Now, the circumstances change if Humphries is willing to take a pay-cut to remain with the Nets. It sounds as if Kim and Kris Humphries (I'm surprised she's changing her name) are looking to buy a house in the New York, New Jersey area. That signals that they plan on Humphries still being a member of the Nets after this summer. The Nets can present Humphries with a lot of marketing opportunities -- specifically, outside of the country -- that he might not have otherwise. Hopefully, that's enough to sway him to remain with the team for a reasonable price.
There's also another asset that Humphries brings to the Nets (we already mentioned the other asset, but this one is connected) -- popularity. The Nets want to market their brand and gain as much interest as possible. They want to erase the irrelevancy that has loomed over the franchise's head for so long. That's where the Kim Kardashian effect comes into play. It's sad to say, but the Nets have probably gained more popularity through the connection to Kim Kardashian than they have through the acquisition of Deron Williams. This should certainly be taken into consideration when evaluating Humphries' value.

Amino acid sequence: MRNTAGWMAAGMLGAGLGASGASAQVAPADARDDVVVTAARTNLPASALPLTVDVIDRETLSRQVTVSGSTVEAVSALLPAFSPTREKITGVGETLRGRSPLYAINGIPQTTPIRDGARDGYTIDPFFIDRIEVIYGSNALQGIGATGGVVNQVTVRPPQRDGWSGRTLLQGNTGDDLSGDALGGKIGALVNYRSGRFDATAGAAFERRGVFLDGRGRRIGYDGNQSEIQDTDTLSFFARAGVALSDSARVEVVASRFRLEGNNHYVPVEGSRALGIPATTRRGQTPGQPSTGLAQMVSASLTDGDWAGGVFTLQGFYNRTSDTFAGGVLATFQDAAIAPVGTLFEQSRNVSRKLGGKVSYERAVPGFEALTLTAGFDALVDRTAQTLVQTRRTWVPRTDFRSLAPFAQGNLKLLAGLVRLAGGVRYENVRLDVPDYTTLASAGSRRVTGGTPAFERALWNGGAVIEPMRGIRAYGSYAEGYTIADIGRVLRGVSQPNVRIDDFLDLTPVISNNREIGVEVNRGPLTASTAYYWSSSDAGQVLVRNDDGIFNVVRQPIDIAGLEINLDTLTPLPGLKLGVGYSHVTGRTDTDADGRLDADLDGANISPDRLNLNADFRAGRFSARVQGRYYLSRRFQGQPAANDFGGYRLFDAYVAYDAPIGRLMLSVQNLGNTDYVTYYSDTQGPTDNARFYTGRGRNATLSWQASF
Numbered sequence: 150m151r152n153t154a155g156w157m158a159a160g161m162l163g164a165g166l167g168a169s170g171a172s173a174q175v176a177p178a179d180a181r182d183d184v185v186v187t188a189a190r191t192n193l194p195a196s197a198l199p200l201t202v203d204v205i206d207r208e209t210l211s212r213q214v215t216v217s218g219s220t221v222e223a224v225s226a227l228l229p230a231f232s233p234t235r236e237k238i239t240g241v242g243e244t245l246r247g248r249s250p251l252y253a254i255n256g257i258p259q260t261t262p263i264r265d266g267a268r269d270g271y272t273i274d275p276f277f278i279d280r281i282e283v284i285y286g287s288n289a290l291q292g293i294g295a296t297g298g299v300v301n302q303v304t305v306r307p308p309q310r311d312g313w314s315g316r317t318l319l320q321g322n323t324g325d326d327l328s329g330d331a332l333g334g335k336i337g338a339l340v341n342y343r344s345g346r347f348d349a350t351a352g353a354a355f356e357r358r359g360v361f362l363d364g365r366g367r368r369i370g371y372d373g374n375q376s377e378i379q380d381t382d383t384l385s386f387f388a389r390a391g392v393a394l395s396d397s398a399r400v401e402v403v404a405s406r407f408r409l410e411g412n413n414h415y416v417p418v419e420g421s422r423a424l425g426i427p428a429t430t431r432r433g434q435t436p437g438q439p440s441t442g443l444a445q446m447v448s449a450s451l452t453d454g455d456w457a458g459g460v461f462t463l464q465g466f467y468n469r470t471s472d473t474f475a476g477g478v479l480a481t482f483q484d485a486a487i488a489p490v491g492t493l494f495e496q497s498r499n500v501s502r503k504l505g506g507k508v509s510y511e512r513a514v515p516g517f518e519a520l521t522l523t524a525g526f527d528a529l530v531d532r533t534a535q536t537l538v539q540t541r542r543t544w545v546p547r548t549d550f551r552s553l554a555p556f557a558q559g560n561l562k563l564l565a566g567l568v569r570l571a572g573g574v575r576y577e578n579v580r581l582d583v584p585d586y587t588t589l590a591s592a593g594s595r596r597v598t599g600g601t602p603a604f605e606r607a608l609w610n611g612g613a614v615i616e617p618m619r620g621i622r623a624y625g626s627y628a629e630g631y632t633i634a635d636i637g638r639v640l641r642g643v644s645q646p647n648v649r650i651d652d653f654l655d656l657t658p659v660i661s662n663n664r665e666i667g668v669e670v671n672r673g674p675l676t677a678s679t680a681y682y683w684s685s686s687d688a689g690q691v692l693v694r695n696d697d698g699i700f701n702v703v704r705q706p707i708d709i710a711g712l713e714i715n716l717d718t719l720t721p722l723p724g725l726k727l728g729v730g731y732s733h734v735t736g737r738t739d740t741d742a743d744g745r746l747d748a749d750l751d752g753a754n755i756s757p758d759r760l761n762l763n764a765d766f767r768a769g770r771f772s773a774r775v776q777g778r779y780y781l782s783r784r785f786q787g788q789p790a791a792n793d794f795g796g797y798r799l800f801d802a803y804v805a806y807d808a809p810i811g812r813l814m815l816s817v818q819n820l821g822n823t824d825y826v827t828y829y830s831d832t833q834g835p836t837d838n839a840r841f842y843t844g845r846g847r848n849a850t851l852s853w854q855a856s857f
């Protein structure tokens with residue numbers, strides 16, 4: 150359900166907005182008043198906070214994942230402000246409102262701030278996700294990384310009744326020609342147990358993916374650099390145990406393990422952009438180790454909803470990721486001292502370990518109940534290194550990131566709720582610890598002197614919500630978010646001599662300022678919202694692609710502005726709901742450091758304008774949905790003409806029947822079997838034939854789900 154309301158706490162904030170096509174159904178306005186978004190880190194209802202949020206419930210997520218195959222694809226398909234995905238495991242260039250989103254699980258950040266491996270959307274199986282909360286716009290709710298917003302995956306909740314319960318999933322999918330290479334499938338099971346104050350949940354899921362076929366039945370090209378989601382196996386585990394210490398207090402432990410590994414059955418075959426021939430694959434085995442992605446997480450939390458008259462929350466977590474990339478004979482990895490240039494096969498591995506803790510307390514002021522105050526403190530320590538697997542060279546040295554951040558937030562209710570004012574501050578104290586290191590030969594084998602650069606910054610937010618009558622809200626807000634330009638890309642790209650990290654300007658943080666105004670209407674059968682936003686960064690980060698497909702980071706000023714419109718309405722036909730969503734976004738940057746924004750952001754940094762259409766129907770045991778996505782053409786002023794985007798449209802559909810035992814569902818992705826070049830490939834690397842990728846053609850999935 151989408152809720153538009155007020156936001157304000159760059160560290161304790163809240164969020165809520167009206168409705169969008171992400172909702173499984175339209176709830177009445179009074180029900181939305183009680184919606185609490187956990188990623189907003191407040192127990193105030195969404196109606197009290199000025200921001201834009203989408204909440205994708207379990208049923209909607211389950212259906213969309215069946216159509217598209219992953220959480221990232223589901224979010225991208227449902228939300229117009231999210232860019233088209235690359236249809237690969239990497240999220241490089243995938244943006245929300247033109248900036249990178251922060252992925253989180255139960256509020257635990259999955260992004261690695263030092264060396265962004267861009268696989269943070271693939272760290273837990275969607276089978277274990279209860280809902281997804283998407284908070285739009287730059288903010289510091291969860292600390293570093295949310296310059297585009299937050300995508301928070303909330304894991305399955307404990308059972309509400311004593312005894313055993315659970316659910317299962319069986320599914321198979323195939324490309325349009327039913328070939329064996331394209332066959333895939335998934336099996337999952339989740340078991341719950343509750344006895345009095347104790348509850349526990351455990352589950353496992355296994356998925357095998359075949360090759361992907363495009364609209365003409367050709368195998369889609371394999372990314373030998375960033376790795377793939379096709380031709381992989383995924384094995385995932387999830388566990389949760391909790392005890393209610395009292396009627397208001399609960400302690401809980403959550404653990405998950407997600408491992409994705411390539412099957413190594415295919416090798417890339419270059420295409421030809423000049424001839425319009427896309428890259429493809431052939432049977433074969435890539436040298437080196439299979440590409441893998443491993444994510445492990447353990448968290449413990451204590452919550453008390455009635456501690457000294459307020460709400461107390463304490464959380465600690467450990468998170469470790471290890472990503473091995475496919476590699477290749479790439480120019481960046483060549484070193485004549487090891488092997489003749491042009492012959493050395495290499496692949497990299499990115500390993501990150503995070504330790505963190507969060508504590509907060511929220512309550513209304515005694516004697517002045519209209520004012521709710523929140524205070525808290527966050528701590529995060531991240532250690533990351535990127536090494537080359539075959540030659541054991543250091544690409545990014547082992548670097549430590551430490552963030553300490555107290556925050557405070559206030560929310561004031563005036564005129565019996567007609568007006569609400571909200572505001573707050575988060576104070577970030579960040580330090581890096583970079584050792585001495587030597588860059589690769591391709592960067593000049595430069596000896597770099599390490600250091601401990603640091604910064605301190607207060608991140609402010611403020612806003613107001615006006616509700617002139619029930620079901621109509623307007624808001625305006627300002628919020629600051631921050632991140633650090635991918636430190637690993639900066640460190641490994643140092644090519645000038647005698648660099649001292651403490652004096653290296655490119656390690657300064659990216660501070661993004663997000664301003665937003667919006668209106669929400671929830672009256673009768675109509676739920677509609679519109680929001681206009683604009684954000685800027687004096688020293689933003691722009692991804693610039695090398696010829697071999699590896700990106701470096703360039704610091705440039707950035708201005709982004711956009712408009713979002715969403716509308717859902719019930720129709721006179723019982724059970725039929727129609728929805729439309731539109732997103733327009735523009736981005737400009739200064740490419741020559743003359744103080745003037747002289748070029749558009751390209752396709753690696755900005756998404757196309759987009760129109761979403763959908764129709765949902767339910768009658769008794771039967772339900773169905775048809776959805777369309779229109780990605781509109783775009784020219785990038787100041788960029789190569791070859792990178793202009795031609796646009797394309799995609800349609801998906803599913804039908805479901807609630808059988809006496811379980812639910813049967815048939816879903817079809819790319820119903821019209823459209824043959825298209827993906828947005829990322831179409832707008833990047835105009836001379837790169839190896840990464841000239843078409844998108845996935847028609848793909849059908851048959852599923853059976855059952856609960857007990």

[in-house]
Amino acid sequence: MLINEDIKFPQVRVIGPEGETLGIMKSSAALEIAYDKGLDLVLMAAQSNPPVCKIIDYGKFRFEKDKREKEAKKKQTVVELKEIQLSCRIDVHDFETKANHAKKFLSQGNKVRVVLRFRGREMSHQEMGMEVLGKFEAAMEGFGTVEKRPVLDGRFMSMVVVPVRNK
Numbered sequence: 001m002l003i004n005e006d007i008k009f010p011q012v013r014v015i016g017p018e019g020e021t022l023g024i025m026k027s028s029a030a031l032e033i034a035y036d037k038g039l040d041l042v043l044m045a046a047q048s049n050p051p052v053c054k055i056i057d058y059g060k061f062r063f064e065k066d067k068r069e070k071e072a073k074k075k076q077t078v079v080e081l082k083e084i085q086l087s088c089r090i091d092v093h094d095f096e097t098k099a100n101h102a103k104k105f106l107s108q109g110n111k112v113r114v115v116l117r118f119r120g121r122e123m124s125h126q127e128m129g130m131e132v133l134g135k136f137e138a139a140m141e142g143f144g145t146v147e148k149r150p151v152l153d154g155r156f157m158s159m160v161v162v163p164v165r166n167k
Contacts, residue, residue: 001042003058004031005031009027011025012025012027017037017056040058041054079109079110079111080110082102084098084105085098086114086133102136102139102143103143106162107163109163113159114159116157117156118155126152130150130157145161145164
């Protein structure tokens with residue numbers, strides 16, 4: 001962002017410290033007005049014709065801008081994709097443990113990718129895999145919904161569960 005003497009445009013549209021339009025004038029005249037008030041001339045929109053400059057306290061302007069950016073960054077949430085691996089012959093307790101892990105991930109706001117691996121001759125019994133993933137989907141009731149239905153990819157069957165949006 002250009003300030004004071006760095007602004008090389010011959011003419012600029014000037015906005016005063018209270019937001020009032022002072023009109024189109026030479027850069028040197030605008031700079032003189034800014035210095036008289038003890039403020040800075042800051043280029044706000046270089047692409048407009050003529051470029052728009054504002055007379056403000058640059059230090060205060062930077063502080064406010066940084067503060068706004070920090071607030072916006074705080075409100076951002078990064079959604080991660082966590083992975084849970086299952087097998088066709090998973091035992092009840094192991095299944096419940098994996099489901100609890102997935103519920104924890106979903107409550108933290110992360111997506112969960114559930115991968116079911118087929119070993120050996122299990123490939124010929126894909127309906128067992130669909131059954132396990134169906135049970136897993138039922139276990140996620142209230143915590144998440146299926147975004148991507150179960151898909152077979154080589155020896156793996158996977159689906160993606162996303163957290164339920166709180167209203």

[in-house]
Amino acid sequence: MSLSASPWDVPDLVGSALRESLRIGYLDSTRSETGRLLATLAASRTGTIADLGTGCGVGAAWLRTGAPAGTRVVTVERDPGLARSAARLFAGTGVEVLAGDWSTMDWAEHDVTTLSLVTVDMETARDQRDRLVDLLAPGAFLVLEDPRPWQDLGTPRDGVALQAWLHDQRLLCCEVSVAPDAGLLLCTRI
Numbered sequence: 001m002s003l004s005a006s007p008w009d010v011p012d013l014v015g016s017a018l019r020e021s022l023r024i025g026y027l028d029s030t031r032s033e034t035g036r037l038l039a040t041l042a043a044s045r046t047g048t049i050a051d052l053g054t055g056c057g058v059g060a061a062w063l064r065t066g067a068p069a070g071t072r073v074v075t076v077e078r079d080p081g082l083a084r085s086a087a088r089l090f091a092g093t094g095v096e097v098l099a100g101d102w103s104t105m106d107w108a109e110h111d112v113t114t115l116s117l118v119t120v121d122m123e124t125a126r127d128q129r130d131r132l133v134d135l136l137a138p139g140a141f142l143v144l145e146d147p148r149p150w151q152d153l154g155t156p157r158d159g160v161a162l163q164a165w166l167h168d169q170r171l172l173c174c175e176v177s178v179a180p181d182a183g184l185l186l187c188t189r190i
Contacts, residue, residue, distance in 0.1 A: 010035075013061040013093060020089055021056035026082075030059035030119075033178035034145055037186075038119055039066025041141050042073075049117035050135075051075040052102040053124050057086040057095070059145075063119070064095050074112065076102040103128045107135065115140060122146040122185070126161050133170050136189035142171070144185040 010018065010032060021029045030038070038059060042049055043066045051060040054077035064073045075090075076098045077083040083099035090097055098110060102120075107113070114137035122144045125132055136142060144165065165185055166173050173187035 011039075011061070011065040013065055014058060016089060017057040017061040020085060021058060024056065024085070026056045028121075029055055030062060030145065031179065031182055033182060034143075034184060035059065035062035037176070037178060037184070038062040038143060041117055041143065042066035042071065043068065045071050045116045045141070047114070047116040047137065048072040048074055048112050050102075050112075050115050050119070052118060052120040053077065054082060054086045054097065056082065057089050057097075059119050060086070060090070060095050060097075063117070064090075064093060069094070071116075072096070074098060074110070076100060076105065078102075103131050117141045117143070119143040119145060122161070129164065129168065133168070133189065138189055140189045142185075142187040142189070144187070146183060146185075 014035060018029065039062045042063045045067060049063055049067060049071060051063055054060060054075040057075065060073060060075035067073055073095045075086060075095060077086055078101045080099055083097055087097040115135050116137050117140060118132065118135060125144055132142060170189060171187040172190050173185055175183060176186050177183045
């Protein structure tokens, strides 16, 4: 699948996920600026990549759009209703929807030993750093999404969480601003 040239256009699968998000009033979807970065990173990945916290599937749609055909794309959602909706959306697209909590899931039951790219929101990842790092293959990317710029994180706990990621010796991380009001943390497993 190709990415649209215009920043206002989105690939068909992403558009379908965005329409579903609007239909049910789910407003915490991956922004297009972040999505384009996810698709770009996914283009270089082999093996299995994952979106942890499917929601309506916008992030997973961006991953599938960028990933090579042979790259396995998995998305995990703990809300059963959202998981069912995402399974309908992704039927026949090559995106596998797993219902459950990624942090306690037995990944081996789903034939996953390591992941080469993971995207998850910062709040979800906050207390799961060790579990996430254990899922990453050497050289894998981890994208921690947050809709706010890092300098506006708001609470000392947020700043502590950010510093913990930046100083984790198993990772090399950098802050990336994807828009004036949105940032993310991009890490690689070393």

There are several undetermined factors that will have a direct impact on this situation, but at this moment in time -- what do you think the Nets should do? Do you think it's worth it to slightly overpay for Humphries? Do you think it would behoove the Nets to pursue Nene (who will likely want close to $12 million a year) instead? Do you want the Nets to bring back Humphries just so you can do THIS to Kim? What do you think?